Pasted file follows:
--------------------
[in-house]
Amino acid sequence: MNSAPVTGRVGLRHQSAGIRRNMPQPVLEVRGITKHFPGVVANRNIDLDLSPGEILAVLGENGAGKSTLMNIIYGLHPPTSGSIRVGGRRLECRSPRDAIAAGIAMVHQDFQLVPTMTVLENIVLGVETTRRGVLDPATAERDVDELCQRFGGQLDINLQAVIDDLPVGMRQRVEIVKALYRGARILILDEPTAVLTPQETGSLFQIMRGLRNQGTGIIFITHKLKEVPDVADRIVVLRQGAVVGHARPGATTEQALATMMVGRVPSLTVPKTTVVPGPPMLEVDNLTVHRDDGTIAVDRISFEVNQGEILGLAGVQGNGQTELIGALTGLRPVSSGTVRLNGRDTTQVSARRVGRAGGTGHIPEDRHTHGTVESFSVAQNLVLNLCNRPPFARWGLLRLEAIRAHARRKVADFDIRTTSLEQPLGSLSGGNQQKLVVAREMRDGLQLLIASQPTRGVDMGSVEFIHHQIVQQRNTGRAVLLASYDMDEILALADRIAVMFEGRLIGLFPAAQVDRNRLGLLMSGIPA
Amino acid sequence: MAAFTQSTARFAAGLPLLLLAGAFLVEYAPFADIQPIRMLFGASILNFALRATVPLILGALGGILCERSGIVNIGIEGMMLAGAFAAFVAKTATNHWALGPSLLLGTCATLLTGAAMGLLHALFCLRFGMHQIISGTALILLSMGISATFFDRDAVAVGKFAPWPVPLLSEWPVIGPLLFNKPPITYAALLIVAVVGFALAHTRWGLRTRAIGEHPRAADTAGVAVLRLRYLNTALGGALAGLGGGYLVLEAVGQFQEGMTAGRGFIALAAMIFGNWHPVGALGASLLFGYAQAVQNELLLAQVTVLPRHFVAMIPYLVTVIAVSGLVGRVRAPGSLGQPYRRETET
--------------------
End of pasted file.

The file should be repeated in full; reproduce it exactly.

[in-house]
Amino acid sequence: MNSAPVTGRVGLRHQSAGIRRNMPQPVLEVRGITKHFPGVVANRNIDLDLSPGEILAVLGENGAGKSTLMNIIYGLHPPTSGSIRVGGRRLECRSPRDAIAAGIAMVHQDFQLVPTMTVLENIVLGVETTRRGVLDPATAERDVDELCQRFGGQLDINLQAVIDDLPVGMRQRVEIVKALYRGARILILDEPTAVLTPQETGSLFQIMRGLRNQGTGIIFITHKLKEVPDVADRIVVLRQGAVVGHARPGATTEQALATMMVGRVPSLTVPKTTVVPGPPMLEVDNLTVHRDDGTIAVDRISFEVNQGEILGLAGVQGNGQTELIGALTGLRPVSSGTVRLNGRDTTQVSARRVGRAGGTGHIPEDRHTHGTVESFSVAQNLVLNLCNRPPFARWGLLRLEAIRAHARRKVADFDIRTTSLEQPLGSLSGGNQQKLVVAREMRDGLQLLIASQPTRGVDMGSVEFIHHQIVQQRNTGRAVLLASYDMDEILALADRIAVMFEGRLIGLFPAAQVDRNRLGLLMSGIPA
Amino acid sequence: MAAFTQSTARFAAGLPLLLLAGAFLVEYAPFADIQPIRMLFGASILNFALRATVPLILGALGGILCERSGIVNIGIEGMMLAGAFAAFVAKTATNHWALGPSLLLGTCATLLTGAAMGLLHALFCLRFGMHQIISGTALILLSMGISATFFDRDAVAVGKFAPWPVPLLSEWPVIGPLLFNKPPITYAALLIVAVVGFALAHTRWGLRTRAIGEHPRAADTAGVAVLRLRYLNTALGGALAGLGGGYLVLEAVGQFQEGMTAGRGFIALAAMIFGNWHPVGALGASLLFGYAQAVQNELLLAQVTVLPRHFVAMIPYLVTVIAVSGLVGRVRAPGSLGQPYRRETET